Iceland's minister of interior, Ögmundur Jónasson, is backing a full online pornography ban for Iceland, which would be supported by an 'anti-shield' preventing internet users from accessing certain sites.
The minister's assistant, Halla Gunnarsdóttir, is even more misguided. She claimed in an interview that if we can send a man to the moon, we must be able to tackle porn on the internet. It is obvious that she is unaware how the internet works;
"walls" around it won't work unless you want to create your own internet, very much like they are doing in Iran.
Thankfully, the possibility that this bill will pass through the parliament is near zero. The parliamentary committee tasked with discussing the censorship proposal, which I am part of, is looking into alternative ways to help parents to protect their
children from online porn, mainly through free porn-filter software and educational means -- as suggested by a recent report produced by Unicef in Iceland.
Introducing censorship without compromising freedom of expression and speech is like trying to mix oil and water: it is impossible. I know my fellow MPs can often turn strange and dangerous laws into reality, but this won't be one of them.
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Update: Perhaps not all porn
17th February 2013. See article
Hildur Fjo'la Antonsdo'ttir, a 'gender specialist' at Iceland University, said:
This initiative is about narrowing the definition of porn so it does not include all sexually explicit material but rather material that can be described as portraying sexual activity in a violent or hateful way.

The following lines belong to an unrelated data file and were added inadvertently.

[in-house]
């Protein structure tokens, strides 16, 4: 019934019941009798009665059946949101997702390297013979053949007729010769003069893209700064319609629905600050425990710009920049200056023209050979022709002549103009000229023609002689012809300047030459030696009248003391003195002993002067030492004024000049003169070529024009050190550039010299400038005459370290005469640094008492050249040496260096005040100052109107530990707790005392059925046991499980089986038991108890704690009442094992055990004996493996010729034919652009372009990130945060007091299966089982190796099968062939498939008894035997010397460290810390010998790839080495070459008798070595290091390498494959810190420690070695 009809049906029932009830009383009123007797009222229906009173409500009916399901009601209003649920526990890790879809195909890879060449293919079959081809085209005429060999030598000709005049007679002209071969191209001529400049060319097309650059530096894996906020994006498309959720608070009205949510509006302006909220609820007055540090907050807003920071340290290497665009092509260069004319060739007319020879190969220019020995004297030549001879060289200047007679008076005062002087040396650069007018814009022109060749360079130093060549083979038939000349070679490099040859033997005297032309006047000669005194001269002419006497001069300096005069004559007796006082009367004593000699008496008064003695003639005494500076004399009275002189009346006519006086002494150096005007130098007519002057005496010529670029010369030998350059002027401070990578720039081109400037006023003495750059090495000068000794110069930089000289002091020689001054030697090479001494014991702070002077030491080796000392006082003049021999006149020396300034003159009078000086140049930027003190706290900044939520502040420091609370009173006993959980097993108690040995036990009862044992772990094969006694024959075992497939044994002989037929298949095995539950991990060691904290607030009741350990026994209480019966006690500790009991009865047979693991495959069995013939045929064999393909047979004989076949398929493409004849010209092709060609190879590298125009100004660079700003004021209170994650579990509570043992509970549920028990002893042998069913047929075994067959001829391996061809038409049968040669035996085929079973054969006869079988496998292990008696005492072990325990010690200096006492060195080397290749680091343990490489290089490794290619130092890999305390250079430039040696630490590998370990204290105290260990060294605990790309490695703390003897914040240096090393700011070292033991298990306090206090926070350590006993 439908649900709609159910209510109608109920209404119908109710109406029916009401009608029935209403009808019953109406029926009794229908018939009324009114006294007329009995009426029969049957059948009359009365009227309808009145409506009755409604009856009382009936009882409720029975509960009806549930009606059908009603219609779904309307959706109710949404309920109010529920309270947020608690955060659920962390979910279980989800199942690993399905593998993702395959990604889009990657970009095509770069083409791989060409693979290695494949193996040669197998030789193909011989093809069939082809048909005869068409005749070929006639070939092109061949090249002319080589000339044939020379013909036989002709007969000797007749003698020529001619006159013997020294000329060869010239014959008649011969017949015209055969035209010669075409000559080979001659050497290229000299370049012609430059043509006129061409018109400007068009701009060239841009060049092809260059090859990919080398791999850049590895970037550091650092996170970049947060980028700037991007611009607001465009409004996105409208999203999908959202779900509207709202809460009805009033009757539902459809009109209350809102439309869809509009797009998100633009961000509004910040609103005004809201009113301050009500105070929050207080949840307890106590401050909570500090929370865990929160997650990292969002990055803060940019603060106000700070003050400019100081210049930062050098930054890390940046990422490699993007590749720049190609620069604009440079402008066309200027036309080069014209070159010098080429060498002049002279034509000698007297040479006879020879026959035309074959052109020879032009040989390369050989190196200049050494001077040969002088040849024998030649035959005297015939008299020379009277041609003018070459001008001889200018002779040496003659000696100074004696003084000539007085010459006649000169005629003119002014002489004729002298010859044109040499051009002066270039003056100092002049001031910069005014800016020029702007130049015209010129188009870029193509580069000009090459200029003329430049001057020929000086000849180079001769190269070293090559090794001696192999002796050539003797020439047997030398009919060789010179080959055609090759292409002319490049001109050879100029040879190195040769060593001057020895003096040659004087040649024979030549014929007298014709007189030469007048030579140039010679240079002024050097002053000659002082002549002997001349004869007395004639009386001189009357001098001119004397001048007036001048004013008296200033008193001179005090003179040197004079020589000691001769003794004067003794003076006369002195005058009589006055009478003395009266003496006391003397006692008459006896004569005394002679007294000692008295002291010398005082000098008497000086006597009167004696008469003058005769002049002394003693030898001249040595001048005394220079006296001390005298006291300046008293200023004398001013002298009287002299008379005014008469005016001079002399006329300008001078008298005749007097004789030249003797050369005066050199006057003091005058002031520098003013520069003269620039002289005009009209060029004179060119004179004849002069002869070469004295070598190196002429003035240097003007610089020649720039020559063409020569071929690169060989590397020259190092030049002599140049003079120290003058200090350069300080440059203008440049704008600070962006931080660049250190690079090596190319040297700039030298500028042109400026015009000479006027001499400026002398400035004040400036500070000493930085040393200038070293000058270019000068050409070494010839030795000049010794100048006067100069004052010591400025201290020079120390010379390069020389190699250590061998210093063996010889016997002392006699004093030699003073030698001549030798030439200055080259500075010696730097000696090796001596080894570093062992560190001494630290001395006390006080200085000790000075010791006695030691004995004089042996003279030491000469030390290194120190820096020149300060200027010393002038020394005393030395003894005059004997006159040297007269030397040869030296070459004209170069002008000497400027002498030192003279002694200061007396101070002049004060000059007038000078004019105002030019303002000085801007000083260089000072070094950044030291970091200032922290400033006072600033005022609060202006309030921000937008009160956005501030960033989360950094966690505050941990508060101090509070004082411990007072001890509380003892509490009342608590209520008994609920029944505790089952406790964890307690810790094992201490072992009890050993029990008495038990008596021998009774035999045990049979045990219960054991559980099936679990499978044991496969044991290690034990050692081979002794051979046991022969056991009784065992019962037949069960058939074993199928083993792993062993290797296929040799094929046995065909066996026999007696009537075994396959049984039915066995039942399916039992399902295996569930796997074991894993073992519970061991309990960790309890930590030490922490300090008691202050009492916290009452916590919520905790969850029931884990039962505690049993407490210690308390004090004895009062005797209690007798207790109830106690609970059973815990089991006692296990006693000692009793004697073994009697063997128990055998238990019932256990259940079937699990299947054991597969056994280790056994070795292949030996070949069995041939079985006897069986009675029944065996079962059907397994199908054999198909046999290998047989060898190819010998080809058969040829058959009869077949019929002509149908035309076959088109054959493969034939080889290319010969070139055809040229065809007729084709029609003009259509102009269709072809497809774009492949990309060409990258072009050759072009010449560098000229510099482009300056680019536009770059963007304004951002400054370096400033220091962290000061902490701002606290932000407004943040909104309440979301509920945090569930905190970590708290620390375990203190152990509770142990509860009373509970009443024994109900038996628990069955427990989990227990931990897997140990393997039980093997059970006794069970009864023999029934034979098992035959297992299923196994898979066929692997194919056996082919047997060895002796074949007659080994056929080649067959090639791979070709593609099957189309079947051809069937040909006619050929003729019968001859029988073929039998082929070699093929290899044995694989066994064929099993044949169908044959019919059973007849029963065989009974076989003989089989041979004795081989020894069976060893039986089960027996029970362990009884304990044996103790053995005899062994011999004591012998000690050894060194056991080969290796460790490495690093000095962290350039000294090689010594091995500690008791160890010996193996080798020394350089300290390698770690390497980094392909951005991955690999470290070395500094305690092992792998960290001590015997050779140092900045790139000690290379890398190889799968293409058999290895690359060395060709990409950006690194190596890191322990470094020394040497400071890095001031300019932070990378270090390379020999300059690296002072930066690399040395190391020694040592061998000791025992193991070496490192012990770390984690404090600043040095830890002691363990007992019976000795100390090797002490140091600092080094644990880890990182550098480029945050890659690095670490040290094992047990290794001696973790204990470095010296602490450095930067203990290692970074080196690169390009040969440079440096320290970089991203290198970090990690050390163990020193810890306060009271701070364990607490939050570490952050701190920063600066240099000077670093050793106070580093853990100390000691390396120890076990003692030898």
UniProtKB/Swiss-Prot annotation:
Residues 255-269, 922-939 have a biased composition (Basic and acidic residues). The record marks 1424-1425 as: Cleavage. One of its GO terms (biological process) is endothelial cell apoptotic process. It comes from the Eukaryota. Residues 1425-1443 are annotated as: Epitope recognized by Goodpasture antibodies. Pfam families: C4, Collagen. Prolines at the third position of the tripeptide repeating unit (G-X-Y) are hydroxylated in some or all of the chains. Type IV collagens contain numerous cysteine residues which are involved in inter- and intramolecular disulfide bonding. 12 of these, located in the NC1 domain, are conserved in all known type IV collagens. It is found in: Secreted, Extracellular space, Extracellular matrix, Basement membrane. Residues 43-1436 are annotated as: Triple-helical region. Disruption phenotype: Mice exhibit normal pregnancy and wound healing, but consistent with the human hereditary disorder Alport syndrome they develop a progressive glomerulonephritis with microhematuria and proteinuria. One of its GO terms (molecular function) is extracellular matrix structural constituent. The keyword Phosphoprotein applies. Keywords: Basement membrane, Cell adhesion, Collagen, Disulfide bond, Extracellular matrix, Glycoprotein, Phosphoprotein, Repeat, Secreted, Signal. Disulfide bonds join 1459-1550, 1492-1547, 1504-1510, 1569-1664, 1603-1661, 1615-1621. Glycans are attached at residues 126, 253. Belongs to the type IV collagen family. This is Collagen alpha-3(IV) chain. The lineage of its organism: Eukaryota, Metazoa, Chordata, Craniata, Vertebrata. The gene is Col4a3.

Update: The clearest description yet of Iceland's proposed censorship of internet porn
27th February 2013. See article
Halla Gunnarsdóttir is political adviser to the minister of the interior in Iceland. She is a former journalist and has an MA in international relations. She writes:
Pornography can reach children in different ways, but it is evident that the probability of a child becoming an adult without seeing porn is close to zero. This is a matter of concern since mainstream internet porn is becoming increasingly violent and
brutal. It does not simply consist of images of naked bodies, or of people having sex but of hardcore violence framed within the context of sex. Young women are usually referred to as sluts, whores, bitches etc, and represented as submissive. Men,
meanwhile, often act in a dominant, degrading and violent way towards them. A fairly typical example could include a mouth-penetration, performed to produce choking, crying or even vomiting. The violent misogyny produced by the porn industry has become
our children's main resource for learning what sex is about, which is a cause of serious concern.
In response to the above-mentioned expert concerns, three ministries -- the ministry of the interior, the ministry of education, science and culture and the ministry of welfare -- called upon a wide range of professionals to discuss and analyse the
societal effects of violent pornography and to contribute to the development of a comprehensive, holistic policy. Proposals emerging from this process are now being implemented under the auspices of the three ministries. These include increased emphasis
on violence prevention, revision of sex education and the forming of a comprehensive policy on sexual health. The proposals on legal amendments -- now under consideration at the ministry of the interior -- are, however, the ones that have received the
Firstly, a bill is being prepared with the aim of narrowing the legal definition of pornography -- the distribution of which is already illegal -- to encompass only violent and degrading sexual material. The goal is to make the important distinction
between sex, on the one hand, and violence, on the other. This approach is based on the Norwegian penal code.
Secondly, a committee, headed by the ministry, is now exploring how the law can be implemented. The key question pertains to the possibility of placing restrictions on online distribution of violent and degrading pornography in Iceland. Under discussion
are both technical solutions and legal and procedural measures.